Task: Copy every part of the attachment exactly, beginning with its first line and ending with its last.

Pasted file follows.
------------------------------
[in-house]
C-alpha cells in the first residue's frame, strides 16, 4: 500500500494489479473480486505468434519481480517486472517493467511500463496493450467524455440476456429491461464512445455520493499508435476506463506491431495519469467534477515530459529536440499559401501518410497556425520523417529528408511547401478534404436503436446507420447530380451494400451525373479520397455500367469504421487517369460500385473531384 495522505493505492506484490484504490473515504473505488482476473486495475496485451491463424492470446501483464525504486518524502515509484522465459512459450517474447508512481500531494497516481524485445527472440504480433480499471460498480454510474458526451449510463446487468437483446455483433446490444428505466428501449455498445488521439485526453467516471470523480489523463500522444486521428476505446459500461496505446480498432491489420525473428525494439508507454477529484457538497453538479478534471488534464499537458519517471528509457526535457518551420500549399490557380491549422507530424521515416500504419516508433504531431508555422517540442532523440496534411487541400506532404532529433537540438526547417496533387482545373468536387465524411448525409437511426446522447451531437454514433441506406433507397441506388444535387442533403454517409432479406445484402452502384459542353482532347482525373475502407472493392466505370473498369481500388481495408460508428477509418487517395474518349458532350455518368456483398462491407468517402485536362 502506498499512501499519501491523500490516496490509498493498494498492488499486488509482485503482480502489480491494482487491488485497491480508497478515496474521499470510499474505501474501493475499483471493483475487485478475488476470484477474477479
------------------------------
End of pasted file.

[in-house]
C-alpha cells in the first residue's frame, strides 16, 4: 500500500494489479473480486505468434519481480517486472517493467511500463496493450467524455440476456429491461464512445455520493499508435476506463506491431495519469467534477515530459529536440499559401501518410497556425520523417529528408511547401478534404436503436446507420447530380451494400451525373479520397455500367469504421487517369460500385473531384 495522505493505492506484490484504490473515504473505488482476473486495475496485451491463424492470446501483464525504486518524502515509484522465459512459450517474447508512481500531494497516481524485445527472440504480433480499471460498480454510474458526451449510463446487468437483446455483433446490444428505466428501449455498445488521439485526453467516471470523480489523463500522444486521428476505446459500461496505446480498432491489420525473428525494439508507454477529484457538497453538479478534471488534464499537458519517471528509457526535457518551420500549399490557380491549422507530424521515416500504419516508433504531431508555422517540442532523440496534411487541400506532404532529433537540438526547417496533387482545373468536387465524411448525409437511426446522447451531437454514433441506406433507397441506388444535387442533403454517409432479406445484402452502384459542353482532347482525373475502407472493392466505370473498369481500388481495408460508428477509418487517395474518349458532350455518368456483398462491407468517402485536362 502506498499512501499519501491523500490516496490509498493498494498492488499486488509482485503482480502489480491494482487491488485497491480508497478515496474521499470510499474505501474501493475499483471493483475487485478475488476470484477474477479